Although we question whether the ABCMR properly applied the version of AR 635-40 that was in effect in 1966,3 to the extent the ABCMR incorrectly applied the current AR 635-40, any such error was harmless. Under both the Army regulations in effect now and those in effect in 1966, the procedure for evaluating a soldier's medical fitness for duty and eligibility for a disability retirement is substantially the same in relevant part. An MEB must first find a soldier medically unfit before referral to a PEB. AR 635-40A § III ¶ 10, § IV ¶ 19 (Aug. 13, 1957); AR 635-40 ¶¶ 4–10, 4–13 (Feb. 8, 2006). Upon referral, a PEB makes disability findings and recommendations that can lead to a medical retirement. See AR 635-40A § IV ¶ 28 (Aug. 13, 1957); AR 635-40 ¶ 4–19 (Feb. 8, 2006).
Additionally, we can discern no error in the ABCMR's finding of a lack of evidence that Pillette's medical condition warranted consideration by a PEB. Compliance with AR 635-200 did not require Pillette to be evaluated by a PEB. See AR 635-200 § IV ¶ 14(d) (Apr. 8, 1959) (explaining that a member “may, with his consent, be retained in service beyond the expiration of his period of service in order that he may complete the required medical care or hospitalization and, if required, be brought before a [PEB]” (emphasis added) (citing AR 635-40A)); AR 635-200 ¶ 2–6 (July 15, 1966) (same). As contemplated by AR 635-200, the Army retained Pillette past his scheduled ETS to continue providing him with medical care and had him sign the July 1966 Affidavit consenting to his retention. See AR 635-200 § IV ¶ 14(d) (Apr. 8, 1959); AR 635-200 ¶ 2–6 (July 15, 1966). Although Pillette signed the July 1966 Affidavit 45 days after his scheduled ETS, there was no harm to Pillette's eligibility for a disability retirement as a result of this delay. See AR 635-200 § IV ¶ 14(d) (Apr. 8, 1959); AR 635-200 ¶ 2–6 (July 15, 1966).
We also do not agree with Pillette's contentions that the MEB was improperly convened and that AR 635-40 did not apply to him when it was convened. Pillette consented to his retention on active duty past his scheduled ETS “for the purpose of continuing medical care or hospitalization and, if eligible, subsequent separation or retirement for physical disability.” S.A. 8. AR 635-40 implemented Title 10 eligibility and processing for physical disability benefits and specified that members of the Regular Army, like Pillette, “will be processed under these regulations” except in situations inapplicable here. AR 635-40A § 1 ¶¶ 1, 2 (Aug. 13, 1957). Thus, AR 635-40 applied to Pillette when the MEB was convened and he has shown no impropriety by the MEB.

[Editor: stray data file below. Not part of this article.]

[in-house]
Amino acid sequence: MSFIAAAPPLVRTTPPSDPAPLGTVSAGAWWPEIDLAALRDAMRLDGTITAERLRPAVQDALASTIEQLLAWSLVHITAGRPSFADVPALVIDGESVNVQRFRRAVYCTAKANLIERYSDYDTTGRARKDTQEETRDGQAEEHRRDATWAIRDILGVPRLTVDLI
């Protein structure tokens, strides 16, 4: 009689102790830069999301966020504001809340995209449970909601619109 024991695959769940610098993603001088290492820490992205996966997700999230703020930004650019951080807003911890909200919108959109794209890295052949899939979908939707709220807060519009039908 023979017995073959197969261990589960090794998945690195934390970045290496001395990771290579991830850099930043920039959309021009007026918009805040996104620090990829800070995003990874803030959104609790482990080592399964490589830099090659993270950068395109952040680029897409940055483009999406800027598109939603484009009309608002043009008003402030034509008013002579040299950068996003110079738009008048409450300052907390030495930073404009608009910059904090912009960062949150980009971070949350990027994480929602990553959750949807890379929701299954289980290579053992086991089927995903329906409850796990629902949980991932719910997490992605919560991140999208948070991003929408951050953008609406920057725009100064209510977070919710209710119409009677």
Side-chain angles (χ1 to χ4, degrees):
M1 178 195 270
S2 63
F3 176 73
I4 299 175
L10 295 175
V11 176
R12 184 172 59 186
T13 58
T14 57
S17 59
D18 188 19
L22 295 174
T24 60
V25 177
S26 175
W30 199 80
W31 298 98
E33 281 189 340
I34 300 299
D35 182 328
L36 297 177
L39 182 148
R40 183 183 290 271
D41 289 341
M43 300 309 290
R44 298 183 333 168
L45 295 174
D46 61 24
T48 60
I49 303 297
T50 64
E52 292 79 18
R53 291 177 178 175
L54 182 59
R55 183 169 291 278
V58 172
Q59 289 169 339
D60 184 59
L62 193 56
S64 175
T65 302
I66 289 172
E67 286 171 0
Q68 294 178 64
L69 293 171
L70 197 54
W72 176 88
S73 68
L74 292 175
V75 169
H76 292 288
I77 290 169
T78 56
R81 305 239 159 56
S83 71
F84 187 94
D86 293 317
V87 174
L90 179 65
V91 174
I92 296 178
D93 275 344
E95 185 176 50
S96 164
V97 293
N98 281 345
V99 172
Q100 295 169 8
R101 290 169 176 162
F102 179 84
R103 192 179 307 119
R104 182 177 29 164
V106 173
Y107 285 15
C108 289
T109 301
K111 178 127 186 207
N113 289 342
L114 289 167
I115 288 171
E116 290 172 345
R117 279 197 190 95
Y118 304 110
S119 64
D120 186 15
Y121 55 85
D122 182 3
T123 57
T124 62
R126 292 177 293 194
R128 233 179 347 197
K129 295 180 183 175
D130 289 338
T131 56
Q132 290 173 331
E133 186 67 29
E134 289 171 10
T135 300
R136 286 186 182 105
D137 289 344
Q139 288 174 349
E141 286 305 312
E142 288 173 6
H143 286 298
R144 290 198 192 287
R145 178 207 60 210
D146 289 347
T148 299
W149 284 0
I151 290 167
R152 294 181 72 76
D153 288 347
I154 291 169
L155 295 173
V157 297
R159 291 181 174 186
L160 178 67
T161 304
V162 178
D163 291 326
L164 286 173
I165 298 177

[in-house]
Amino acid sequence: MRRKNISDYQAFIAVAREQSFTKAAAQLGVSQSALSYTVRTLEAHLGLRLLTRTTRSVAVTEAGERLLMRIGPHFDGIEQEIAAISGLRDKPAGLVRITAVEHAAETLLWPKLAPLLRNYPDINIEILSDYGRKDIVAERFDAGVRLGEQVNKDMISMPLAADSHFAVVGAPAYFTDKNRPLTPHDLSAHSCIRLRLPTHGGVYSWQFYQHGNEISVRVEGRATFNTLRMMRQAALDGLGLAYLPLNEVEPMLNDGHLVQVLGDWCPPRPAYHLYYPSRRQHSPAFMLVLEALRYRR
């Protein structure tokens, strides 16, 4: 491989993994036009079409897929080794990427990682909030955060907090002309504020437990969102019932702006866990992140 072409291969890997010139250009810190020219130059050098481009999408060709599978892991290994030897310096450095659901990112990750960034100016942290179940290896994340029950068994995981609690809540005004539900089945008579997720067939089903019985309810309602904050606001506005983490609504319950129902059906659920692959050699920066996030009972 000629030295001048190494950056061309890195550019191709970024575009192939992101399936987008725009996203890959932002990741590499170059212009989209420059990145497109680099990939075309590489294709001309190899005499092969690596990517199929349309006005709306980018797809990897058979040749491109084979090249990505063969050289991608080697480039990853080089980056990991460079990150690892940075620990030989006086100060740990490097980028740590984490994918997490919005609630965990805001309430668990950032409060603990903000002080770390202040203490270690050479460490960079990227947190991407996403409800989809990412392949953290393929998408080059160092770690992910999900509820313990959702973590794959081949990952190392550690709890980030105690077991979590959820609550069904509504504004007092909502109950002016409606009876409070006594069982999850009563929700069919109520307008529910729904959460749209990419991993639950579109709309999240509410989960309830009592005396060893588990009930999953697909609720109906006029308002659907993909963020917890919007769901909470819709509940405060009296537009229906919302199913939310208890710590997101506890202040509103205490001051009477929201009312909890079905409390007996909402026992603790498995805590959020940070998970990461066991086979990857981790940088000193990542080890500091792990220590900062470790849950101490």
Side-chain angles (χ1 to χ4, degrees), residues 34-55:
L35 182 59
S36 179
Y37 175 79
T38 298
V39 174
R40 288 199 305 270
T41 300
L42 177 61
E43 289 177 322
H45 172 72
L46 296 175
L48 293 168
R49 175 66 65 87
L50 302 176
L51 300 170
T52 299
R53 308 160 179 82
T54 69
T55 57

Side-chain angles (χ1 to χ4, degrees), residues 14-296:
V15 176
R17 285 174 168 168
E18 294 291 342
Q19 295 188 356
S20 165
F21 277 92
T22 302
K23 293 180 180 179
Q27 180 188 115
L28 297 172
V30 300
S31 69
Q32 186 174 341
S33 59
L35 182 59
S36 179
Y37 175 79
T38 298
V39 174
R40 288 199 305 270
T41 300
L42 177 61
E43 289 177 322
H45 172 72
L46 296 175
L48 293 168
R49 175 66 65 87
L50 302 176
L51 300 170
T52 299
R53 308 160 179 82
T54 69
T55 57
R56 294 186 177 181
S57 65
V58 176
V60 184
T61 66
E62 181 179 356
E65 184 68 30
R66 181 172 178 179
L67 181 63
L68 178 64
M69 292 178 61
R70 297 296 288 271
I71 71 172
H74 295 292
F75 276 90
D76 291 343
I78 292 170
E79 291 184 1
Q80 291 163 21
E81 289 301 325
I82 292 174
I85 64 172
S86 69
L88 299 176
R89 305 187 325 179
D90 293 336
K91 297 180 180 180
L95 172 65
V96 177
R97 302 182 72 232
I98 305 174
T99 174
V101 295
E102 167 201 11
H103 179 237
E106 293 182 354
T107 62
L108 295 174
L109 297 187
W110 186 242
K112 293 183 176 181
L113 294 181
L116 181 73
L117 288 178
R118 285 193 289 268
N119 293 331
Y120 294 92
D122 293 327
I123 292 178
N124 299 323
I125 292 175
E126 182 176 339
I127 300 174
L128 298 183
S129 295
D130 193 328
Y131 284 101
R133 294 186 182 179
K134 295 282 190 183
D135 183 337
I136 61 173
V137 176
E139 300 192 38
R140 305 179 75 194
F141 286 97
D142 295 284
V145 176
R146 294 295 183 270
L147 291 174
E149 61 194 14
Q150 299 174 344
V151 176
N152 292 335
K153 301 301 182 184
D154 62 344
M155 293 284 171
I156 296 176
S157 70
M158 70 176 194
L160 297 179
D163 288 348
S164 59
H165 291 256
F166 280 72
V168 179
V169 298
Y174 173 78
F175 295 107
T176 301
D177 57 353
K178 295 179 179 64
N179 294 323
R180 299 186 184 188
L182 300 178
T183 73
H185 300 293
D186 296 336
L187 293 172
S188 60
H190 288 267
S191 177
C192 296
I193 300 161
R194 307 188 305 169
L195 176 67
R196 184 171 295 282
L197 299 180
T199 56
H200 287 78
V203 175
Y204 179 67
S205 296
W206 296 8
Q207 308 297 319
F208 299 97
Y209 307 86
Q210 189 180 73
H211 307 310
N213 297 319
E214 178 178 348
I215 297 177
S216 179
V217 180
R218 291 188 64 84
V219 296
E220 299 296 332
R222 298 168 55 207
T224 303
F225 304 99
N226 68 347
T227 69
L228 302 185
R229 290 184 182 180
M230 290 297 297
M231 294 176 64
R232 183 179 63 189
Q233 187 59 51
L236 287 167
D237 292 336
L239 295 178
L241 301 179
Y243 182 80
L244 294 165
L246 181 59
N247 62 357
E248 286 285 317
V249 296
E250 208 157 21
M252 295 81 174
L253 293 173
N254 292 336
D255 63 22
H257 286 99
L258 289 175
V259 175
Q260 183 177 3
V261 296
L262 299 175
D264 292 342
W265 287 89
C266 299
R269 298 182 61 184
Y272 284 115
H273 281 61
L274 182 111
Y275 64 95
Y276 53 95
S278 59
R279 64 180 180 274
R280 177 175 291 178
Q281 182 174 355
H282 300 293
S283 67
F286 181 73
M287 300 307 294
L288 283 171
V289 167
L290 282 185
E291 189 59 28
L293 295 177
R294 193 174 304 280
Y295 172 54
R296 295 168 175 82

Furthermore, we do not agree with Pillette that the July 1966 Affidavit guaranteed him a PEB. This affidavit appears to be a form affidavit used by the Army to confirm a service member's intent to remain in the service or be discharged. Compare S.A. 8, with AR 635-200 § IV ¶ 14(d)(5) (Apr. 8, 1959) and AR 635-200 ¶ 2–6 (July 15, 1966). The July 1966 Affidavit made clear that Pillette would be considered for “retirement for physical disability” “if eligible.” S.A. 8 (emphasis added). The affidavit did not mention a PEB, or indicate that it superseded the provisions of AR 635-40. As discussed above, we can discern no error in the ABCMR's finding that the Army properly processed Pillette under AR 635-40. Nothing in the affidavit or any authority of which we are aware supports Pillette's position that the affidavit guaranteed him a PEB.
Finally, we find no reversible error in the Claims Court's holding that Pillette waived his argument regarding the Army's alleged failure to complete his medical care prior to his discharge. Pillette does not contest the waiver holding before this court, and the ABCMR did not pass on this issue. In any event, as the Claims Court noted, Pillette “has not shown how [this] calls into question the MEB's conclusion or the ABCMR's affirmance of it.” Decision, 2016 WL 4059172, at *3.
In sum, Pillette has not shown that the ABCMR erred in holding that he had not established any error or injustice in his military record. Pillette is therefore not entitled to correction of his military record.
We have considered Pillette's remaining arguments and conclude that they are without merit. For the foregoing reason, the decision of the Claims Court is affirmed.
1. Generally, applicants to the ABCMR “must file an application within three years after an alleged error or injustice is discovered or reasonably should have been discovered.” 32 C.F.R. § 581.3(d)(2) (2016). However, as the ABCMR did here, it “may excuse untimely filing in the interest of justice.” Id.
2. Pillette appears to cite currently effective AR 635-200. Our analysis, however, is based on the regulation in effect at the time of Pillette's ETS and discharge in 1966. See Chambers, 417 F.3d at 1227.
3. Compare Pillette, No. AR20090010260, slip op. at 3, with AR 635-40 ¶¶ 4–9, 4–10 (Feb. 8, 2006); compare In re Pillette, No. AR20100009820, slip op. at 3 (ABCMR Sept. 21, 2010), with AR 635-40 ¶ 3–2(b)(1) (Feb. 8, 2006).